Measuring 43.67 m (143 ft.) long and 5.9 m (19.5 ft) wide, the funerary boat of King Cheops (Khufu, Khêops), the second pharaoh of the Fourth Dynasty of the Old Kingdom of Egypt, is one of the oldest, largest, and best-reserved vessels from antiquity. Around 2500 BCE the boat was sealed into a pit in the Giza Necropolis at the foot of the Great Pyramid of Giza.
"The ship was one of two rediscovered in 1954 by Kamal el-Mallakh – undisturbed since it was sealed into a pit carved out of the Giza bedrock. It was built largely of Lebanon cedar planking in the 'shell-first' construction technique, using unpegged tenons of Christ's thorn. The ship was built with a flat bottom composed of several planks, but no actual keel, with the planks and frames lashed together with Halfah grass, and has been reconstructed from 1,224 pieces which had been laid in a logical, disassembled order in the pit beside the pyramid" (Wikipedia article on Khufu ship, accessed 01-18-2013)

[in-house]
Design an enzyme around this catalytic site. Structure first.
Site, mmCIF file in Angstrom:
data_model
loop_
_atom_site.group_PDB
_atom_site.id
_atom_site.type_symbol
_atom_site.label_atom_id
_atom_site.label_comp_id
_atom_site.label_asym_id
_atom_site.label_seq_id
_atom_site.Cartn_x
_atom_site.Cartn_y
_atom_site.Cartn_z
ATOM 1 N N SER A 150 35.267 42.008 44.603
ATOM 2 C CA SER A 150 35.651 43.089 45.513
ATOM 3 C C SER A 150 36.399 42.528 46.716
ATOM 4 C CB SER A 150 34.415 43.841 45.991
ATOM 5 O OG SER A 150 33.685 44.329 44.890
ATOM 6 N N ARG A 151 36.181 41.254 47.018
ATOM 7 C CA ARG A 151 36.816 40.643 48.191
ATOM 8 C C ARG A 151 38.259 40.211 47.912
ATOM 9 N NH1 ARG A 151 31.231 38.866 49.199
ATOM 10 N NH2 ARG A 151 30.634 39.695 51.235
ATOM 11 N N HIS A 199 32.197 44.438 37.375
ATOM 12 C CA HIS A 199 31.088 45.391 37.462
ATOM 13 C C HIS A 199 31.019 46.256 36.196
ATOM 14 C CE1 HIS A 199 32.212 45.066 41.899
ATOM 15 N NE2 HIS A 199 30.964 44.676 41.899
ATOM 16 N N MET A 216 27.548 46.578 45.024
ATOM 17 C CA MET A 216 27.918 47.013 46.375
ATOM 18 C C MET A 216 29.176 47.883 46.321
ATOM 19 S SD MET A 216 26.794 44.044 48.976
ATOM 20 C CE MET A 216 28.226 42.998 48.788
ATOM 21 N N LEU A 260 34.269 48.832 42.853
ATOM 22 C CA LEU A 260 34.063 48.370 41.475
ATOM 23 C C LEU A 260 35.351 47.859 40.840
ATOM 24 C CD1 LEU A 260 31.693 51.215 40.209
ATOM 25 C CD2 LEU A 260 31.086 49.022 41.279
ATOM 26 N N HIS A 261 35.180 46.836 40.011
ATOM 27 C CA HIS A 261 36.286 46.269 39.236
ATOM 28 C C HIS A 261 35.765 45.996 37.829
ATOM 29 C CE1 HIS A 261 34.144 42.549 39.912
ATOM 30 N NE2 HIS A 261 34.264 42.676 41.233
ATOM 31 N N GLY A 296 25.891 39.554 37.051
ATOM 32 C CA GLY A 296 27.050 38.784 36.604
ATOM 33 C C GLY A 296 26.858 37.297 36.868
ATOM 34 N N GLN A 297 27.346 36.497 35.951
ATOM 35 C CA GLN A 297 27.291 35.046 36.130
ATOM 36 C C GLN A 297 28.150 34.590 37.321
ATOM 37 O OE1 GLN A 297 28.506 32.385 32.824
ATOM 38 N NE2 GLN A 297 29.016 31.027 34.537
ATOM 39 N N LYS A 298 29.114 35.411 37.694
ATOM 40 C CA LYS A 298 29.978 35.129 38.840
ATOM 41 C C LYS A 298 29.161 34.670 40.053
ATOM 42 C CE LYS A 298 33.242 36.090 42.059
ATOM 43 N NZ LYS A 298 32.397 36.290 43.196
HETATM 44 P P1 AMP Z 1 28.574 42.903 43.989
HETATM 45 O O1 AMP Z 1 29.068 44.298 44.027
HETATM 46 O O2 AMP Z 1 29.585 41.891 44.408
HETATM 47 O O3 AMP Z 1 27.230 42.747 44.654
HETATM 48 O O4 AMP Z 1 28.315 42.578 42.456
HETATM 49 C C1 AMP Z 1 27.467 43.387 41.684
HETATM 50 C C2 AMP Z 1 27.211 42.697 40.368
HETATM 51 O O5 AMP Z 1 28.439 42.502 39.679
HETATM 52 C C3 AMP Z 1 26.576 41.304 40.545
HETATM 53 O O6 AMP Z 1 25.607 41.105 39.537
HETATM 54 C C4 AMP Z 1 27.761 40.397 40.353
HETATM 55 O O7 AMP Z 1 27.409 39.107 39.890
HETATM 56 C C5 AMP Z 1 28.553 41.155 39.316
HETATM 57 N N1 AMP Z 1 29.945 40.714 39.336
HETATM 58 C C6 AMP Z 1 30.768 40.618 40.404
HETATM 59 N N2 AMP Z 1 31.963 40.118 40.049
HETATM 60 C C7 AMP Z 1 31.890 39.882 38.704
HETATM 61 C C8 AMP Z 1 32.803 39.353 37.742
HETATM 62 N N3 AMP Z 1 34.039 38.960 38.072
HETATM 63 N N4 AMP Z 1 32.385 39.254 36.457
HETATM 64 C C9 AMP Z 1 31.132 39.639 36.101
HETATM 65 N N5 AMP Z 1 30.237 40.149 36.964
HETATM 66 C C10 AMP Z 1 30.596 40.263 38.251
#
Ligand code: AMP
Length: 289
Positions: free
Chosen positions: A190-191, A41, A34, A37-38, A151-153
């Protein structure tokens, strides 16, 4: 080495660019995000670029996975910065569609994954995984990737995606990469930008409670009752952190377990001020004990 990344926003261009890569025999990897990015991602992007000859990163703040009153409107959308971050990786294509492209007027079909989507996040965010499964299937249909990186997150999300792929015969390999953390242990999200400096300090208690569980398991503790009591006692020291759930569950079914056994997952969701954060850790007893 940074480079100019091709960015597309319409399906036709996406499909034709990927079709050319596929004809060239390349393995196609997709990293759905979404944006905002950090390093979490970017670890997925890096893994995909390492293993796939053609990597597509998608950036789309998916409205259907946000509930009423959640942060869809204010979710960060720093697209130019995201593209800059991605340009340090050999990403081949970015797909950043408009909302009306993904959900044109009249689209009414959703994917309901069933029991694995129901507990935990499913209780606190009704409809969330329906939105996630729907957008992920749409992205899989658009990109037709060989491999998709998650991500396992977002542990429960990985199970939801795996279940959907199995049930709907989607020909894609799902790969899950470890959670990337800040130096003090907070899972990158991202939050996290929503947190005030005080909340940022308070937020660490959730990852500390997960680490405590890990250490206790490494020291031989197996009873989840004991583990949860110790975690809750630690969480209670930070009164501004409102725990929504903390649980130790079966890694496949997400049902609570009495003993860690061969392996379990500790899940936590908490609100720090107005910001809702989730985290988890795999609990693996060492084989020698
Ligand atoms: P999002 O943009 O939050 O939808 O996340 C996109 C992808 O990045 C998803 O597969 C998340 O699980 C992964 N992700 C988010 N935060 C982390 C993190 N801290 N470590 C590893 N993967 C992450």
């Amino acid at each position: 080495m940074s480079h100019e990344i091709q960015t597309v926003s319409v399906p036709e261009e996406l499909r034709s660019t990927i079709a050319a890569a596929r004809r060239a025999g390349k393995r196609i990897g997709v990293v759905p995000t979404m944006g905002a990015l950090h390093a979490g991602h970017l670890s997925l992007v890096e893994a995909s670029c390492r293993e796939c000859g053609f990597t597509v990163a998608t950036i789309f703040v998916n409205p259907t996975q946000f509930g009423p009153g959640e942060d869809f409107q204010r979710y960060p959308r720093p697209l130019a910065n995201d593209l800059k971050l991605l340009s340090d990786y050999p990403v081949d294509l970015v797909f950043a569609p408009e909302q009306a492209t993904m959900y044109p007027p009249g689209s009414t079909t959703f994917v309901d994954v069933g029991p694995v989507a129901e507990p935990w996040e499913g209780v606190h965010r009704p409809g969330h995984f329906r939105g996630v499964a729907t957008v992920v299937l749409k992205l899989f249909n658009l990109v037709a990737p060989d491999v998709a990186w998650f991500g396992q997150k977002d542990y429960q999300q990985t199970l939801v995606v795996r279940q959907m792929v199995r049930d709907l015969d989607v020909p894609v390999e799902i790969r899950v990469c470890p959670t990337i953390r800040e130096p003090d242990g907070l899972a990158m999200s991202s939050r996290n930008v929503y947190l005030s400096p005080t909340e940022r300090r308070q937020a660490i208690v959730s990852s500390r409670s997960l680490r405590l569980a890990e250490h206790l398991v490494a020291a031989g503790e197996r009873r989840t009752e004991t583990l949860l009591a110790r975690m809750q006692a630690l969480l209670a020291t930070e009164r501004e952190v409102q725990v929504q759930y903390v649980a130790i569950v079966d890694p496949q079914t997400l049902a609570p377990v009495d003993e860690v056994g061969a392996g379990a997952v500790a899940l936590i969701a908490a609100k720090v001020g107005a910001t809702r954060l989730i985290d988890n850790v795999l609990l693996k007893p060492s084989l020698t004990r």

Though the Khufu ship is categorized as a solar barge or sun boat, intended for use in the afterlife, perhaps to allow the king to cross the sky every day with Re (Ra), the sun-god, it seems to have been used at least once—perhaps to carry the funeral cortêge of the king by river or canal to the pyramid complex for burial.
Having been restored over many years, the Khufu ship is preserved in the Giza Solar Boat Museum.